This season of extreme weather has helped identify our weak spots. One of them is the green on #3. I have had some questions about why that green looks so stressed in comparison to our other greens. Basically, it’s a combination of extreme weather, a poor growing environment, and a relatively new green – natural selection is still taking place. It’s the creeping bentgrass that is declining just like it has (to varying degrees) since we opened it. It would be a good candidate for the next shade study. The good thing is that it is (slowly) getting better. I became very concerned a few of weeks ago and raised the height of cut, stopped mowing every day, and added extra fertilizer to help it recover. As of this morning, I have lowered the height of cut and will topdress it again later this week. The only one mowing that green has been me to help give me a feel for what it needs and I have been encouraged by its progress. We will be over the hump for extreme weather very soon (I hope!)
Excerpt from our 2011 USGA Turf Report, “A few trees have been removed to the east of No. 3 green, and this has certainly improved its performance. However, it is important to note that this green was originally planted with a mixture of bentgrass and annual bluegrass. The first summer grass populations were approximately 50%-60% bentgrass with the balance being annual bluegrass. Now, after three years of play and heavy shade, the green is approximately 80%+ annual bluegrass. Why the shift in grass populations? The answer is simple: it is the growing environment which is far more conducive to growing annual bluegrass than bentgrass. Unfortunately, with all of the annual bluegrass, there is a huge reduction in reliability as this is the first grass to fail due to winter injury. It also is the first grass to fail due to summer disease (anthracnose, summer patch, dollar spot, snow mold, etc.) Thus, I cannot recommend strongly enough the need for more tree work. Westmount is experiencing a great season this year, but as you may remember, winter injury was experienced a year ago. You were lucky in that we experienced a warm spring, so the greens recovered fairly quickly. You may not be so lucky next year.“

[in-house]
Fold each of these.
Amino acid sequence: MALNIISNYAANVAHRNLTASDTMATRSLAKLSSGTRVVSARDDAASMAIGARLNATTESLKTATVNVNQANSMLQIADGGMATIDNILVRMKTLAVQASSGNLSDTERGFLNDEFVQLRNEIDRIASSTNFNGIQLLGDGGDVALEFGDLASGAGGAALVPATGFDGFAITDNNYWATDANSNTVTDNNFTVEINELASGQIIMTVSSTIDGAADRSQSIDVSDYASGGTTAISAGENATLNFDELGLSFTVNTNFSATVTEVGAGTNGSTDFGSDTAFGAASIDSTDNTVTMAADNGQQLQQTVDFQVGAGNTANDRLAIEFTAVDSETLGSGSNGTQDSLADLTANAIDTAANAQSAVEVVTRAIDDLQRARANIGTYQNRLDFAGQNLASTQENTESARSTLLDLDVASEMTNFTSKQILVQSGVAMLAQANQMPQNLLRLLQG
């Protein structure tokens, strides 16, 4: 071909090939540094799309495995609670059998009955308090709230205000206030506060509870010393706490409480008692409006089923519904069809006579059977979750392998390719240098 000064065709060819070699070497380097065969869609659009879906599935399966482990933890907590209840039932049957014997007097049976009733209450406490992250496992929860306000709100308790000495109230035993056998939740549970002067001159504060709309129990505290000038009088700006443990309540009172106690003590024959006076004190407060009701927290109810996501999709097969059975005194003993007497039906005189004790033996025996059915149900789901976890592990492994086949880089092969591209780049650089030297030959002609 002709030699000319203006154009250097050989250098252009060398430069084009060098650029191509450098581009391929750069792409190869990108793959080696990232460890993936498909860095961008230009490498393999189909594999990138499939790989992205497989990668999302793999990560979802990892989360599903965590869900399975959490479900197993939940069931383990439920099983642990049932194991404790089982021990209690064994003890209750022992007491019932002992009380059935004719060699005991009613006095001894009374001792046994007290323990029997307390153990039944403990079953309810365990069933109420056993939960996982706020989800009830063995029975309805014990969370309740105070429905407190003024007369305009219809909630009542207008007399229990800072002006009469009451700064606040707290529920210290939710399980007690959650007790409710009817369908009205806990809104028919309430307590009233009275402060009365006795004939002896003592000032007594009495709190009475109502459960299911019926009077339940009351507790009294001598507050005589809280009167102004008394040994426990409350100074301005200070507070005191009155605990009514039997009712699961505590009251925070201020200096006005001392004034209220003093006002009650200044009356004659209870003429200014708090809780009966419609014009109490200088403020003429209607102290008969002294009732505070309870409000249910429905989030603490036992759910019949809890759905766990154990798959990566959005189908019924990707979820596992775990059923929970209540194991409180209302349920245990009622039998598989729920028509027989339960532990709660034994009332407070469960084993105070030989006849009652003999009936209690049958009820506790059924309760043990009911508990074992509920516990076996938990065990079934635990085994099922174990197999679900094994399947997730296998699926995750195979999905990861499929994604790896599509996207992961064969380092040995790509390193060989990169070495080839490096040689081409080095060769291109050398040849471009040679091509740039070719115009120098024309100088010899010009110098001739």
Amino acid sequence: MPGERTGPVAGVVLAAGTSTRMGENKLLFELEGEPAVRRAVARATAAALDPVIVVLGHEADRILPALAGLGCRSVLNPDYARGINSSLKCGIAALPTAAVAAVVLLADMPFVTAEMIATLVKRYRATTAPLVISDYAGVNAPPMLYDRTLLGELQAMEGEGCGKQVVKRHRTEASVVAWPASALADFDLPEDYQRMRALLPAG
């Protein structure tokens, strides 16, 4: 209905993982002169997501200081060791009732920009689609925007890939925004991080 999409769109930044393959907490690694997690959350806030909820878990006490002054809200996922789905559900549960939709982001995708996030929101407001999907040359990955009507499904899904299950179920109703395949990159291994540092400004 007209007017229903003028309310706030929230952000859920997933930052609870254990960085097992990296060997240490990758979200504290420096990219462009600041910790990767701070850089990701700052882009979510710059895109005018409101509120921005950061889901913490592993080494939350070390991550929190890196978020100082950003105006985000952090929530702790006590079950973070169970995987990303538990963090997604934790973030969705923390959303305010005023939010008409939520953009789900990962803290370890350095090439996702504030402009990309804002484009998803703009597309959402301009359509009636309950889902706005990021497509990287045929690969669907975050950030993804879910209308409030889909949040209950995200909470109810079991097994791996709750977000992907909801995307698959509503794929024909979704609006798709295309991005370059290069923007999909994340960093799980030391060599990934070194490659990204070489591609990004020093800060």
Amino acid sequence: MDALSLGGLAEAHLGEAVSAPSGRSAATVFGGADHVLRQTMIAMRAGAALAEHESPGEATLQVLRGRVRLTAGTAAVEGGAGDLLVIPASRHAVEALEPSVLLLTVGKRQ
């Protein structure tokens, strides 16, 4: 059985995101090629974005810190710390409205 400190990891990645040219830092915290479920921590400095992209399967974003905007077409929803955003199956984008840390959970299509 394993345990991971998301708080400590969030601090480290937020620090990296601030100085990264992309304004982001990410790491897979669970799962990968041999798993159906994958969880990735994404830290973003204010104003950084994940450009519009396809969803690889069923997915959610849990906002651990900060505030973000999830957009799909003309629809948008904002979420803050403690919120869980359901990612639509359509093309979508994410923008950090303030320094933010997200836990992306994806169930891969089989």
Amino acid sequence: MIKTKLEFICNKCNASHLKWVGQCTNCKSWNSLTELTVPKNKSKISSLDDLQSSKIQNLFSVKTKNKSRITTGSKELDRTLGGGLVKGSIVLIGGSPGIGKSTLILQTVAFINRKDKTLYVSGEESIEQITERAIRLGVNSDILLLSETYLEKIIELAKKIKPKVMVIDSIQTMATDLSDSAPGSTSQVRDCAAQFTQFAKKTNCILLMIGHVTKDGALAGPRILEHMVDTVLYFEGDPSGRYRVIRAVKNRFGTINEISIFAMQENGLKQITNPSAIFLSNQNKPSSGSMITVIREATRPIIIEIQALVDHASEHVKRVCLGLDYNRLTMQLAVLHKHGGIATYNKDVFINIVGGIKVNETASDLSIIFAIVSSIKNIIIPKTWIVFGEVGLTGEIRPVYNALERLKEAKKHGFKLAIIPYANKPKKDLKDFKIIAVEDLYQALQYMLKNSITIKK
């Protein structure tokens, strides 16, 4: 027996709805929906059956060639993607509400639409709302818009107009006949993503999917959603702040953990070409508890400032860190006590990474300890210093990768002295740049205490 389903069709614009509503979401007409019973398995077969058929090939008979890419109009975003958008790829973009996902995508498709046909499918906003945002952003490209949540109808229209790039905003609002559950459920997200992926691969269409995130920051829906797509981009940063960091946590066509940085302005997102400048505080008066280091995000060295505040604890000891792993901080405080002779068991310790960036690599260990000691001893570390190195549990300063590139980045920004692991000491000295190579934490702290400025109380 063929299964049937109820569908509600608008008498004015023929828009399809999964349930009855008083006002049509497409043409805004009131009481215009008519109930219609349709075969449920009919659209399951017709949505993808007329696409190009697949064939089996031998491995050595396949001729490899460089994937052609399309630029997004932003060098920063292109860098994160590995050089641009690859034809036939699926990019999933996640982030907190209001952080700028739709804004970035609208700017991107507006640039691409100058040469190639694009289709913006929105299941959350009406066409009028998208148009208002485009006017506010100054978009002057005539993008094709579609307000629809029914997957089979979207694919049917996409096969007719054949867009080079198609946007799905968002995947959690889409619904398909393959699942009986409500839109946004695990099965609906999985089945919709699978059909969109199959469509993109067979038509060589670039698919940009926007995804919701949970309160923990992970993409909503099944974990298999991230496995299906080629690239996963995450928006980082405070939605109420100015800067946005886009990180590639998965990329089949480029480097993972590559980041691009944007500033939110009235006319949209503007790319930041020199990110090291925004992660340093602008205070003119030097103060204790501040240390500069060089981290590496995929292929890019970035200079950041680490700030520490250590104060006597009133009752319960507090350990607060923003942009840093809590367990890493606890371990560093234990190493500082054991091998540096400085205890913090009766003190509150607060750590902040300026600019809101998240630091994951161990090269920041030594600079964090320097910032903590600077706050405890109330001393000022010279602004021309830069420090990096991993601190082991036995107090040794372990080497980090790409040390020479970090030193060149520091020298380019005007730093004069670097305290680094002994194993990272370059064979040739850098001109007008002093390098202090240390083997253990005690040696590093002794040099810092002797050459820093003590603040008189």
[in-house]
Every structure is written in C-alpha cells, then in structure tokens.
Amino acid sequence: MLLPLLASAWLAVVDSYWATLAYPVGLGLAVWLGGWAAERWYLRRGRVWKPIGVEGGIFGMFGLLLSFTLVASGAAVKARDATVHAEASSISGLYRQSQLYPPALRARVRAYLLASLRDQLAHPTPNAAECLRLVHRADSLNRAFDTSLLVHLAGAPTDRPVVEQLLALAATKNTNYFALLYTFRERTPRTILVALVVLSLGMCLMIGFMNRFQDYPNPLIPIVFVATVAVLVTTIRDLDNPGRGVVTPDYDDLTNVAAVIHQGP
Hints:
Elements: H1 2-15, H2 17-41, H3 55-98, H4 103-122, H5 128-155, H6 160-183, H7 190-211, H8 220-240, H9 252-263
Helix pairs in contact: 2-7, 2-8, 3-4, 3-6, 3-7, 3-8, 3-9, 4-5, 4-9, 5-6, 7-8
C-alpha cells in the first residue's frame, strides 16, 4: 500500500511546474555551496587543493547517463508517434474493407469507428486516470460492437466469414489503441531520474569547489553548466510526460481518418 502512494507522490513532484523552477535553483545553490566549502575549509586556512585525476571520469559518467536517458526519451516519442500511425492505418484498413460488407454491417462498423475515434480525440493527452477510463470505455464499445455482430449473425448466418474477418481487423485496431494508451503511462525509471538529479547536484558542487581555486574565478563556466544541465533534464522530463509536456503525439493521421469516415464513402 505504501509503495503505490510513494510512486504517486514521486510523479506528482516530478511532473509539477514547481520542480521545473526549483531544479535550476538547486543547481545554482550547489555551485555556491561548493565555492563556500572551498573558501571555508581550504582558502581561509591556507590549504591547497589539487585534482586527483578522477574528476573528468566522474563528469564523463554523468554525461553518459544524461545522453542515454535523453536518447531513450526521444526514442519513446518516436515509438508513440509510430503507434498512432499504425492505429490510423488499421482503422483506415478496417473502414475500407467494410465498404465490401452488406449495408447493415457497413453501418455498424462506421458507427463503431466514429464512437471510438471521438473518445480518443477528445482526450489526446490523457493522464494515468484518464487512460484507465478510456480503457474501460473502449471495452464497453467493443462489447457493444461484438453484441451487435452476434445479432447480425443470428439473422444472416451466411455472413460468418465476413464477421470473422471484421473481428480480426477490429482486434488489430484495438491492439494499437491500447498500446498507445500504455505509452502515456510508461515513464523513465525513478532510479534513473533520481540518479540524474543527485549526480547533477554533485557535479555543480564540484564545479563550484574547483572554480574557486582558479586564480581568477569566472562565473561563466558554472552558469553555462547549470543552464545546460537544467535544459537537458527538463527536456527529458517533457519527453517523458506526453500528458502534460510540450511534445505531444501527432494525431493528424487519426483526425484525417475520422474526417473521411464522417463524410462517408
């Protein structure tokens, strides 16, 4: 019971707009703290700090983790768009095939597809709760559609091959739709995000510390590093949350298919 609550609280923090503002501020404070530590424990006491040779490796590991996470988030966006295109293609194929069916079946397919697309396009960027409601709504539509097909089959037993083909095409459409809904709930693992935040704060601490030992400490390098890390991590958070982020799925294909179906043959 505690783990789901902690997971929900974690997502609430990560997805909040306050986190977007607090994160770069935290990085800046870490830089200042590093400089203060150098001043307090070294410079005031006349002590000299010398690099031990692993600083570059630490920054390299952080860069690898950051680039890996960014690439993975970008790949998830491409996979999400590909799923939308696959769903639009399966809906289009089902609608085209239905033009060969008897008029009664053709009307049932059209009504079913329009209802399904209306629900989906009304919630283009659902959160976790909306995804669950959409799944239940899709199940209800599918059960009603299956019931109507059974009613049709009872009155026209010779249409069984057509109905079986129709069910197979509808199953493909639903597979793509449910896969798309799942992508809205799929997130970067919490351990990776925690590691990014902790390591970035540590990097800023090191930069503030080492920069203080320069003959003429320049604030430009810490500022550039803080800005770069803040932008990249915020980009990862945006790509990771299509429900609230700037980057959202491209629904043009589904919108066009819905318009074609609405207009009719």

The green is not dead and will not have to be closed as some have suggested. The annual bluegrass is surviving just fine and the majority of the turf cover on the green is annual blugrass. The problem is not disease or fertility or moisture related. Recovery will be slow but it is happening. Thank you for your patience.